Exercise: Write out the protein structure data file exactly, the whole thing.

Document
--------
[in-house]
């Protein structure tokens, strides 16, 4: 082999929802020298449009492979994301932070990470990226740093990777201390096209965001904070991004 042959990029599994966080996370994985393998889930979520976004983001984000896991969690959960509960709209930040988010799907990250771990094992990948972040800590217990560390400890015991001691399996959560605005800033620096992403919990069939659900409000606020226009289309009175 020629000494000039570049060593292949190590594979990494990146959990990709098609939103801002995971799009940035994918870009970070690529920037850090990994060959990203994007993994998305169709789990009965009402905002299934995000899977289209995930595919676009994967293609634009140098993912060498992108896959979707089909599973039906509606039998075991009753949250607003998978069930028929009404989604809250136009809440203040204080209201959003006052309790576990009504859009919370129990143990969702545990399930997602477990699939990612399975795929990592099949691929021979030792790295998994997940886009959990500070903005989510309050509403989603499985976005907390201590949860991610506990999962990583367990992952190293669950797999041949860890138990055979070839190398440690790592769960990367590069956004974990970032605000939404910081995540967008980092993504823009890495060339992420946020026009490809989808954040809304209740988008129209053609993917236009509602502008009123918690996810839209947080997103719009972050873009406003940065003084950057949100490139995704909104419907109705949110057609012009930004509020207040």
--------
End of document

[in-house]
């Protein structure tokens, strides 16, 4: 082999929802020298449009492979994301932070990470990226740093990777201390096209965001904070991004 042959990029599994966080996370994985393998889930979520976004983001984000896991969690959960509960709209930040988010799907990250771990094992990948972040800590217990560390400890015991001691399996959560605005800033620096992403919990069939659900409000606020226009289309009175 020629000494000039570049060593292949190590594979990494990146959990990709098609939103801002995971799009940035994918870009970070690529920037850090990994060959990203994007993994998305169709789990009965009402905002299934995000899977289209995930595919676009994967293609634009140098993912060498992108896959979707089909599973039906509606039998075991009753949250607003998978069930028929009404989604809250136009809440203040204080209201959003006052309790576990009504859009919370129990143990969702545990399930997602477990699939990612399975795929990592099949691929021979030792790295998994997940886009959990500070903005989510309050509403989603499985976005907390201590949860991610506990999962990583367990992952190293669950797999041949860890138990055979070839190398440690790592769960990367590069956004974990970032605000939404910081995540967008980092993504823009890495060339992420946020026009490809989808954040809304209740988008129209053609993917236009509602502008009123918690996810839209947080997103719009972050873009406003940065003084950057949100490139995704909104419907109705949110057609012009930004509020207040």